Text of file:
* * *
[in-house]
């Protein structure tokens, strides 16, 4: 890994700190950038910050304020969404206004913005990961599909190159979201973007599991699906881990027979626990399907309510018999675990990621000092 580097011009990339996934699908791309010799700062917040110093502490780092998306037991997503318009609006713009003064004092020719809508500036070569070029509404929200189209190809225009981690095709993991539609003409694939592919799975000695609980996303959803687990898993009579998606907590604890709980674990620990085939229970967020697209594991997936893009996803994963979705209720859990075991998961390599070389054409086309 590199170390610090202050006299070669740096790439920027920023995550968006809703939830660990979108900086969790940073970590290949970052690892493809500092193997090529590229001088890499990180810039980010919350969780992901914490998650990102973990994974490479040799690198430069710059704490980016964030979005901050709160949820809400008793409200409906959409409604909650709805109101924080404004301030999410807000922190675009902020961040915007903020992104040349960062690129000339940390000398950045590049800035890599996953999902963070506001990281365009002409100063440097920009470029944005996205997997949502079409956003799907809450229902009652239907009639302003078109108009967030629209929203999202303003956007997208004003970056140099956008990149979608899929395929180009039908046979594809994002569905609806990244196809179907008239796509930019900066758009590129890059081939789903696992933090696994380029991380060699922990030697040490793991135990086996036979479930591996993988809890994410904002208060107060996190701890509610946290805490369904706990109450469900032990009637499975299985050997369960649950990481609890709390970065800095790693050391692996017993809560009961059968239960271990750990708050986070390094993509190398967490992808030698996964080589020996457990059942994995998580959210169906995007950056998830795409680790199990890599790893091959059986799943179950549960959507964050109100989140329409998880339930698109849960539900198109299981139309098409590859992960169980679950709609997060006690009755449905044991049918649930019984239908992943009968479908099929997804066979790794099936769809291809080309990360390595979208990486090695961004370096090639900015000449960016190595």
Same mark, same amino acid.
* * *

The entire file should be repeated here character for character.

[in-house]
């Protein structure tokens, strides 16, 4: 890994700190950038910050304020969404206004913005990961599909190159979201973007599991699906881990027979626990399907309510018999675990990621000092 580097011009990339996934699908791309010799700062917040110093502490780092998306037991997503318009609006713009003064004092020719809508500036070569070029509404929200189209190809225009981690095709993991539609003409694939592919799975000695609980996303959803687990898993009579998606907590604890709980674990620990085939229970967020697209594991997936893009996803994963979705209720859990075991998961390599070389054409086309 590199170390610090202050006299070669740096790439920027920023995550968006809703939830660990979108900086969790940073970590290949970052690892493809500092193997090529590229001088890499990180810039980010919350969780992901914490998650990102973990994974490479040799690198430069710059704490980016964030979005901050709160949820809400008793409200409906959409409604909650709805109101924080404004301030999410807000922190675009902020961040915007903020992104040349960062690129000339940390000398950045590049800035890599996953999902963070506001990281365009002409100063440097920009470029944005996205997997949502079409956003799907809450229902009652239907009639302003078109108009967030629209929203999202303003956007997208004003970056140099956008990149979608899929395929180009039908046979594809994002569905609806990244196809179907008239796509930019900066758009590129890059081939789903696992933090696994380029991380060699922990030697040490793991135990086996036979479930591996993988809890994410904002208060107060996190701890509610946290805490369904706990109450469900032990009637499975299985050997369960649950990481609890709390970065800095790693050391692996017993809560009961059968239960271990750990708050986070390094993509190398967490992808030698996964080589020996457990059942994995998580959210169906995007950056998830795409680790199990890599790893091959059986799943179950549960959507964050109100989140329409998880339930698109849960539900198109299981139309098409590859992960169980679950709609997060006690009755449905044991049918649930019984239908992943009968479908099929997804066979790794099936769809291809080309990360390595979208990486090695961004370096090639900015000449960016190595």
Same mark, same amino acid.